No, jerks, Burning Man isn’t ruined

A surprise dance party at the port-a-potties.

Hello, I am back. Because I still think of this as sort of a science blog, first, I am proud to report that my weeklong sojourn from lab was not without science: I rolled up to the Phage camp just in time for “Ask a Drunk Scientist,” and as luck would have it, at that moment, I WAS a drunk scientist. “Help, I need a neuroscientist–they’re all asking how alcohol works,” one of the Phagelings said. PUT ME IN, COACH, I replied. Twenty minutes later we had covered endogenous opioids, the role of dopamine in pleasure and movement, the communication through coherence hypothesis, and why no, magnets will not heal you, hippie. Never trifle with an MRI researcher when pseudoscience is on the line.

I also spent a good amount of time on my favorite giant science-mobile, Dr. Brainlove (experience the magic through the power of sound here). And I enjoyed tons and tons of non-scientific programming, too, obviously. It was, in short, wonderful. There are pictures of some parts, while others will just have to live on in memory. But what I’m here to write about today is the way the burn has been covered in the media. I am very, very disappointed in it, and I will begin by letting someone I hate tell you why:

“My take, having spent 20 hours walking the streets of this place, is that if your takeaway from looking at the art and the participatory effort that goes into something like this is ‘there were naked people!’ then that’s a reflection on you, not on Burning Man.”

Grover Norquist

Some people are naked, but some people are penguins.

Grover said a smart thing, there. Where he bemoans the focus on naked people, you could easily substitute “dubstep” or “steampunk weirdos” or “fire poi dancers” or “tech bros” or whatever else you hate. For me, that thing is “white people in Native American headdresses.” But time spent complaining is a tragic waste. Seriously, have a coconut water and a nap if you’re cranky–you’ll be right as rain in a few hours. And if, after all of that, you still can’t find something to not hate, there is no hope for you in any world, on the playa or off.

But ok, Grover, that’s pretty much the only thing you’re right about. You and FoxNews really need to quit it with this “no taxes and no government” libertarian horseshit. It’s insulting. That ticket price, half a month’s rent for me, symbolizes trips to Europe I will never take, and I’m not even sorry. It goes to fund the building of fences to keep the event Leave No Trace, the medical tents, the wonderful Black Rock Rangers, and tons of other infrastructure that people arrive early and leave late to work and sweat for because they care. This is a city that stands ready to take care of its citizens, whether they end up needing it or not.

Special people in a special place.

Even so, Black Rock City is not, nor was it ever meant to be, a model for how the world “should” be. Most burners will tell you that, by day 7, they are in many important ways very ready to go home. Even the ones who refer to said home grudgingly as “the default world.” Because we know that this isn’t sustainable. Those port-a-potties are gnarly. You need to sleep at some point. You need a shower. You need to not be standing on what is essentially a giant battery during a lightning storm. There are many reasons why it All Must End. Grover’s championing this event as a model libertarian society misses the point in ways that even your dumbest, dirtiest, hippie understands.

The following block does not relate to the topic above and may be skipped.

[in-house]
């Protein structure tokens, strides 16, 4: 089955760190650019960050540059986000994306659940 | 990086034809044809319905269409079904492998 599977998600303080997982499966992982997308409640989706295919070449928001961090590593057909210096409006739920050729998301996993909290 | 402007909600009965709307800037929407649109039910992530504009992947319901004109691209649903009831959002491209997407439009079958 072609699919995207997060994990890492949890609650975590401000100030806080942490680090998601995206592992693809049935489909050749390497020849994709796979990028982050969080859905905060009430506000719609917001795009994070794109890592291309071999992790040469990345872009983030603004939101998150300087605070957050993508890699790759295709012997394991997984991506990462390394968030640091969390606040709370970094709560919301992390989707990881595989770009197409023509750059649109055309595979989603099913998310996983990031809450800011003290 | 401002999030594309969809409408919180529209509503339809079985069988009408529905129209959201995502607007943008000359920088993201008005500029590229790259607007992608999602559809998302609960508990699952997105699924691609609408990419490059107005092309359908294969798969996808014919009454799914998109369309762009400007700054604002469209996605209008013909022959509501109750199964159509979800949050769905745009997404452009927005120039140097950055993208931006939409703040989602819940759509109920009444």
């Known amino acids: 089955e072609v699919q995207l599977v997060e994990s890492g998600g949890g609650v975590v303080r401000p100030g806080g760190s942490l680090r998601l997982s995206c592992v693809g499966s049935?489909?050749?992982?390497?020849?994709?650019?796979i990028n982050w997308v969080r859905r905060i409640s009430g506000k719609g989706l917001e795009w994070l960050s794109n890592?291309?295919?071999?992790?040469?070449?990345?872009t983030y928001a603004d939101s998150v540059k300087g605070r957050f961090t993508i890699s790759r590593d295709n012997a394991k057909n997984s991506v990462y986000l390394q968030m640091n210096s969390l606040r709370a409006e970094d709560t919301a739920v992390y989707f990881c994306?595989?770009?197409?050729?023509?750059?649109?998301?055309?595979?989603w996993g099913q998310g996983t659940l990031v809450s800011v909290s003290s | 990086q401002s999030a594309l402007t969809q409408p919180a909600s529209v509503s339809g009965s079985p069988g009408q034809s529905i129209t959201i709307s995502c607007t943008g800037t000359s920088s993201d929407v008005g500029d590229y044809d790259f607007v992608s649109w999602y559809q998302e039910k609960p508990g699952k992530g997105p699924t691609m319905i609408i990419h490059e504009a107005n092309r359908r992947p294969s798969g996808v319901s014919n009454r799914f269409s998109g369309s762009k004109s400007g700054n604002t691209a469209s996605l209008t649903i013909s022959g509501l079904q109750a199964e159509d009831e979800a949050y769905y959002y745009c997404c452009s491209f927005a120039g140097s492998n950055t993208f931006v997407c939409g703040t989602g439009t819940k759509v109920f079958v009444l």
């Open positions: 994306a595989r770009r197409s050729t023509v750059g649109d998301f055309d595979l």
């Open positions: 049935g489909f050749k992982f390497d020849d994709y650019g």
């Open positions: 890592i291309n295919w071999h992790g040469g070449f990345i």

Grover isn’t alone, though–know who else misses the point? The authors of every single article (here, I’m linking only to the mothership) bemoaning the demise of Burning Man due to its being overrun with the “tech elite.” Get your heads out of your asses. Dig deeper than the most superficial layer of your own crusty blogospheric navel lint. Grover couldn’t singlehandedly destroy something beautiful that seventy thousand people built, and neither can your expensive tech camp (and seriously, if it takes you $25,000 in camp dues to have fun at Burning Man, I feel sorry for you, you overmoneyed, hapless buzzkill). I met dozens of insanely friendly people and I have no idea what any of them do for a living (except that topless woman with a half-shaved head and a megawatt smile who turned out to be a nurse–we definitely got her address, since her camp was considerably closer to ours than the medical tent). Some of these people might have been tech douches. I will never know, I was too busy watching them become overwhelmed by something like understanding the True Meaning of Christmas, and it was beautiful.

Spotted around the neighborhood.

And in the meantime, all those touting Burning Man as tech’s logical innovation incubator? No. Burning Man is fun. That’s all it is. Plain and simple. It’s absolutely true that too many people find themselves with the job, money, and respect they’ve always craved, only to find their lives void of any meaning. The immediacy of this blessed event can be transformative. We’re not used to feeling like we’re exactly where we need to be, doing exactly what we need to be doing. The fear of missing out, in the default world, is crippling. Setting that aside can show you who you are and what it is you want out of life. The hedonism, in this way, is enough to change you. Knowing how happy you are capable of being is a great impetus for clearing away everything that holds you back in life. In that sense, sure, it is at least in theory possible that this silliness leads to innovation. But that’s hardly the point.